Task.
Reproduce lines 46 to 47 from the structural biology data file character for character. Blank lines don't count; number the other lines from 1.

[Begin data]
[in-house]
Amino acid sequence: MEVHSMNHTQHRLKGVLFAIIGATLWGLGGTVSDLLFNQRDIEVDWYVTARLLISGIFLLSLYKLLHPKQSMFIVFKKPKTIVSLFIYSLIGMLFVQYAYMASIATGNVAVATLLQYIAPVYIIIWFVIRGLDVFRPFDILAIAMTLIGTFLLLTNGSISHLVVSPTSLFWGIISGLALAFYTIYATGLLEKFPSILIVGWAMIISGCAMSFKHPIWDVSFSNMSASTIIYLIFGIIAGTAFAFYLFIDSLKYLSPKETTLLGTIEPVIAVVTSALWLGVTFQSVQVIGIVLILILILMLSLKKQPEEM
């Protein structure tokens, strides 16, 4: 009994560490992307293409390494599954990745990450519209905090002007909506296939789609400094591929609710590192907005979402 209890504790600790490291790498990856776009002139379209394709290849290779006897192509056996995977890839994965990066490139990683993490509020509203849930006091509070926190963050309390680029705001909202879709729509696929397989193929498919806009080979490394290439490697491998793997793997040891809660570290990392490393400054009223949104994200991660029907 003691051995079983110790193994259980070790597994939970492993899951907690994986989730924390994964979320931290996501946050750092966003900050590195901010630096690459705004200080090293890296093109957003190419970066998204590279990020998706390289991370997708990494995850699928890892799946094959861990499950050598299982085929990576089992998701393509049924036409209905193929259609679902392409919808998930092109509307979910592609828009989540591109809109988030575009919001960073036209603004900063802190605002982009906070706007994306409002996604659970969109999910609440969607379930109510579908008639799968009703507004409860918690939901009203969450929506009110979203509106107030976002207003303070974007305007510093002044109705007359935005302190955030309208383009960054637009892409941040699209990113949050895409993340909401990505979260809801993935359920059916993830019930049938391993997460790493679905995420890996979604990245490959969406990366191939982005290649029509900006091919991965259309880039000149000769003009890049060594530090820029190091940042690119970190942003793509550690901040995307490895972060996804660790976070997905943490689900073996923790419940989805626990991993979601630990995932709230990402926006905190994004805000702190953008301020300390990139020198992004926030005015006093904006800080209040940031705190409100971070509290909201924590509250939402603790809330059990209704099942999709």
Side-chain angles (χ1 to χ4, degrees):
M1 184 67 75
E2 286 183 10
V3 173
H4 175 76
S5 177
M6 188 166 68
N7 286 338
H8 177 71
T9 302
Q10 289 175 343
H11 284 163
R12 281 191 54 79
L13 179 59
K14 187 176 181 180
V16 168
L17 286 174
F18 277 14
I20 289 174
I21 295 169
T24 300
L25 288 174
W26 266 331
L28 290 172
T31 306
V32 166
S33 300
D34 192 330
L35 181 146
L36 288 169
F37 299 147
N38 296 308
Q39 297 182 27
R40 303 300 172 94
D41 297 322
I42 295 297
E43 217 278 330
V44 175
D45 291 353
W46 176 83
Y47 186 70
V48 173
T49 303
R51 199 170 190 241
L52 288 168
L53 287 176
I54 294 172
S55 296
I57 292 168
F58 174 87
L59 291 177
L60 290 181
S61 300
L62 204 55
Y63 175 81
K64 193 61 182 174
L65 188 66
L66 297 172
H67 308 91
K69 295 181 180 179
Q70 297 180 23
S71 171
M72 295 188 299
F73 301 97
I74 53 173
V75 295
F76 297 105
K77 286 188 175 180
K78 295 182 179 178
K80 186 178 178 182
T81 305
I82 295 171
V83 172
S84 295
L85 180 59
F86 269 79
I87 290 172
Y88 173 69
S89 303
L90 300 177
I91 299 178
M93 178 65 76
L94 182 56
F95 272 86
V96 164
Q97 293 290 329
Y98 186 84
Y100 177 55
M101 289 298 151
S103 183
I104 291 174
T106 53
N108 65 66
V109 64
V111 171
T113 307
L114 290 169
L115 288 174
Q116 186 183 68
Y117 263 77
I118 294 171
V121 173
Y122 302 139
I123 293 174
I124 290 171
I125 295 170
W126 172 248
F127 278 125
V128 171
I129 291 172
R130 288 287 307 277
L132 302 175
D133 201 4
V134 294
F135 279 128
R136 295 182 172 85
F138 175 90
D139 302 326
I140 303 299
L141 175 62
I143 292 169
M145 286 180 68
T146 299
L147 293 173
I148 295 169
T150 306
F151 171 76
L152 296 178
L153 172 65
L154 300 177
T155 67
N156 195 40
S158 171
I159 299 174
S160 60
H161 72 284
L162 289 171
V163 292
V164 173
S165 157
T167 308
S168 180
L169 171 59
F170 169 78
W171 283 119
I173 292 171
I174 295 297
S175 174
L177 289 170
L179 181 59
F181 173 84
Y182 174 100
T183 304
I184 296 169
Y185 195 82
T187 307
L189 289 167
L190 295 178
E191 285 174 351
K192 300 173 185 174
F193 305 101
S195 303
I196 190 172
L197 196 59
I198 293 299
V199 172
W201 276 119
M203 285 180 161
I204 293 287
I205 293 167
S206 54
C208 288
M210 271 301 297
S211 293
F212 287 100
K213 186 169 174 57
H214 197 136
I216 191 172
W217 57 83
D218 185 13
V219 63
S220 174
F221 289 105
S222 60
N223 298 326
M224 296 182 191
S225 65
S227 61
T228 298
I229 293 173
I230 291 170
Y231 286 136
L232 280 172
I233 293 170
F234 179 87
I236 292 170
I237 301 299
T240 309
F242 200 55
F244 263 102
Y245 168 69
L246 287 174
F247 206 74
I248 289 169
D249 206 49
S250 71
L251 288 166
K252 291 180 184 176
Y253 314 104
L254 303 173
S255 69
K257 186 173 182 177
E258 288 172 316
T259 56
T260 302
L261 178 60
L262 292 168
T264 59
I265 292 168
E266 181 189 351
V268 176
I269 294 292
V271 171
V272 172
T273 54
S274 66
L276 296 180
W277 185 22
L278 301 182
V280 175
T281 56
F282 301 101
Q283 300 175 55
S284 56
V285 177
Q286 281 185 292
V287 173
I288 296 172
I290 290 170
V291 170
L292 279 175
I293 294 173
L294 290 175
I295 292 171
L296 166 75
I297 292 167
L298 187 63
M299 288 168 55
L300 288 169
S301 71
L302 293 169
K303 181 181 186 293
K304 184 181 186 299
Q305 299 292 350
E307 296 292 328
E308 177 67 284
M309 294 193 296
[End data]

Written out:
T49 303
R51 199 170 190 241